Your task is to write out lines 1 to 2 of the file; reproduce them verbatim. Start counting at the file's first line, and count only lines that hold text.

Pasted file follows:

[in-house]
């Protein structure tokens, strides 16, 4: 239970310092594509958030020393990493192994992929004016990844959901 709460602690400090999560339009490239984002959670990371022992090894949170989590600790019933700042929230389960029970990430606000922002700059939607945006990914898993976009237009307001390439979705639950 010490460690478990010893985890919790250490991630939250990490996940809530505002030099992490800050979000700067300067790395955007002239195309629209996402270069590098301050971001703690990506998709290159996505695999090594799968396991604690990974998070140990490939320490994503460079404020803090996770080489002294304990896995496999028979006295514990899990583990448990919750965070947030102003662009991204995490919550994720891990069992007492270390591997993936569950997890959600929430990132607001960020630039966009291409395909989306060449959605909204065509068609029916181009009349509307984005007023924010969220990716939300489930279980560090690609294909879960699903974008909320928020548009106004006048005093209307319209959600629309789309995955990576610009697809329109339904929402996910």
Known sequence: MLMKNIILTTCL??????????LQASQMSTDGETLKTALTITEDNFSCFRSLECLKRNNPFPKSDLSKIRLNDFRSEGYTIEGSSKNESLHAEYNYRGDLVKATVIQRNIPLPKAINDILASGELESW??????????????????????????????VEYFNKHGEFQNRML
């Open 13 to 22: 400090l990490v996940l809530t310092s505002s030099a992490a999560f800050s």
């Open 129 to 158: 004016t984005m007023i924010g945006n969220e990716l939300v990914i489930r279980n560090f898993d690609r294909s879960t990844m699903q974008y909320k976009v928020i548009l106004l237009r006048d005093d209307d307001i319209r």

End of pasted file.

[in-house]
């Protein structure tokens, strides 16, 4: 239970310092594509958030020393990493192994992929004016990844959901 709460602690400090999560339009490239984002959670990371022992090894949170989590600790019933700042929230389960029970990430606000922002700059939607945006990914898993976009237009307001390439979705639950 010490460690478990010893985890919790250490991630939250990490996940809530505002030099992490800050979000700067300067790395955007002239195309629209996402270069590098301050971001703690990506998709290159996505695999090594799968396991604690990974998070140990490939320490994503460079404020803090996770080489002294304990896995496999028979006295514990899990583990448990919750965070947030102003662009991204995490919550994720891990069992007492270390591997993936569950997890959600929430990132607001960020630039966009291409395909989306060449959605909204065509068609029916181009009349509307984005007023924010969220990716939300489930279980560090690609294909879960699903974008909320928020548009106004006048005093209307319209959600629309789309995955990576610009697809329109339904929402996910």